Last Updated on June 15, 2015
Officers would need to determine whether applicants under the Canadian Experience Class (CEC) program were employees or self-employed individuals during their period of qualifying work experience in Canada. For determining this, Citizenship and Immigration Canada (CIC) officers would need to consider various factors such as:
- The degree of the worker’s control or autonomy in terms of how and when the individual performs work, as well as the methods used for carrying out the expected tasks
- Assessing whether the worker owns and / or provides tools and equipment for accomplishing the work
- The degree to which the worker has to perform the work personally and whether the worker has the option of subcontracting work or hiring others to help and assist with the completion of the work
- The degree of financial risk assumed by the worker and,
- This would include determining whether the worker needs to make any investment for completing the work or providing the service and whether the worker is free to make business decisions that affect the worker’s ability to realise a profit or incur a loss (as opposed to the opportunity for earning commissions or other productivity bonuses)
- Any other relevant factors, including written contracts
Situations could arise where the officers need additional information for determining whether applicants are employees or self-employed professionals. The authorities have published a Canada Revenue Agency (CRA) guide titled Employee of Self-employed? Officers could refer to this guide for more details on the above-mentioned factors. They could also refer to this guide for other indicators that they could use for determining whether an individual is a self-employed person or an employee.
Oftentimes, officers experience difficulties in determining the degree of control when they examine the employment of professionals such as:
- Physicians and,
- Information technology consultants
These individuals possess specific expertise and specialised training. As a result, they usually do not need much (if any) specific direction while discharging their daily activities. Therefore, when examining the factor of control for these individuals, officers would need to focus on:
- The payer’s control over the worker’s daily activities and,
- The payer’s influence over the worker
Similarly, there might be certain occupations where individuals could be self-employed or in an employee-employer relationship, based on the specific circumstances of their employment. Officers would need to refer to the Canada Revenue Agency (CRA) website for more details on determining a worker’s employment status for an assortment of specific employment categories.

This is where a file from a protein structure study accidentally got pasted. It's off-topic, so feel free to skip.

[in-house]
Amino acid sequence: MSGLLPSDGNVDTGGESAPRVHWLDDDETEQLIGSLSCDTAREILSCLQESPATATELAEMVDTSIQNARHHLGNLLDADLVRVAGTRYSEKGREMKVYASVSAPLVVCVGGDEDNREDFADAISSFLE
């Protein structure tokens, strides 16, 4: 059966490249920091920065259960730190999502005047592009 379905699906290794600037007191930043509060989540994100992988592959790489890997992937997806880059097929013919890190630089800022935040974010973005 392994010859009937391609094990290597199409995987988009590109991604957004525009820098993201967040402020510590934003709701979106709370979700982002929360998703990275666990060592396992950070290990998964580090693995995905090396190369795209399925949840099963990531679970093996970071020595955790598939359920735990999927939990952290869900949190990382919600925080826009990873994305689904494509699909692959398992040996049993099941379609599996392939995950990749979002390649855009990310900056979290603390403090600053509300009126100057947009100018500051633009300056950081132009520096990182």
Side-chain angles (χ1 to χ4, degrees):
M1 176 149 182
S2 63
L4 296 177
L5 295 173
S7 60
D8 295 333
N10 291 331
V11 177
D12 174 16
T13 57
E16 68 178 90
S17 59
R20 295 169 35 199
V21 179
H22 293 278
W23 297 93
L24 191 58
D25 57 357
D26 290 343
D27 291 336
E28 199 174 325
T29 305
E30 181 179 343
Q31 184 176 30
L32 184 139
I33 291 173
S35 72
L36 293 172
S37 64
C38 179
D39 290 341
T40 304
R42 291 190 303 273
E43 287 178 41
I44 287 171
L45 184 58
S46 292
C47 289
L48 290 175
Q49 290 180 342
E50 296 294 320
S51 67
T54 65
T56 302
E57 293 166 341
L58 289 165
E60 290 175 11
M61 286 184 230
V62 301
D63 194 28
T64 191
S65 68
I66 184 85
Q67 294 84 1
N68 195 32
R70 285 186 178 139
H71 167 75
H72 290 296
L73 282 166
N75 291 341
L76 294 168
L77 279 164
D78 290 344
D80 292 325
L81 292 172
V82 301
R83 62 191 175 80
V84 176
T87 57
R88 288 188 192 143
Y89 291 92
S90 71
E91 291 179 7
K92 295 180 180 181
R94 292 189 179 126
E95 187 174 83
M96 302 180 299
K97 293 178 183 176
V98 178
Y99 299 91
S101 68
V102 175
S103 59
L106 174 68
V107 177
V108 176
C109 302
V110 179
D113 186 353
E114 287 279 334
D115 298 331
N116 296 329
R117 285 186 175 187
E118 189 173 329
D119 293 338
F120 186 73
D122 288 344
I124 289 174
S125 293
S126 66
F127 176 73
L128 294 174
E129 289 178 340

The authorities typically consider consultants or contractors as self-employed individuals. This is because these individuals usually work in a contract for services business relationship. Examples of such individuals could include independent contractors in the financial, real estate and business services industries. In addition, the authorities also consider individuals who hold a substantial ownership and / or exercise management control of a business for which they also work, as self-employed professionals.
Situations could arise where prospective applicants are unsure of their employment statuses. These individuals might not even have the documentation specified above. In this scenario, these individuals have the option of requesting a ruling from the Canada Revenue Agency (CRA) for obtaining a determination on their status. Such a ruling would typically state whether, in the view of the Canada Revenue Agency (CRA):
- A worker is an employee or a self-employed professional and,
- The worker’s employment is pensionable or insurable
For requesting a ruling, workers would need to send a letter or complete the Form CPT1 (Request for a Ruling as to the Status of a Worker under the Canada Pension Plan and / or the Employment Insurance Act) to their tax services office. Thereafter, the workers could submit the ruling to Citizenship and Immigration Canada (CIC) for supplementing a Canadian Experience Class (CEC) application.
Officers would need to consider each application under the Canadian Experience Class (CEC) on its own merits. They would need to review all the information available to them at the time of decision before arriving at a final decision. Citizenship and Immigration Canada (CIC) officers would typically give due consideration to a Canada Revenue Agency (CRA) ruling on an applicant’s employment status. However, they would need to remember that such a ruling does not constitute conclusive evidence. The Citizenship and Immigration Canada (CIC) officers would bear the responsibility for taking the final decision about the employee status of the applicant for assessing whether the applicant meets the prescribed Canadian Experience Class (CEC) requirements.
Source: Citizenship and Immigration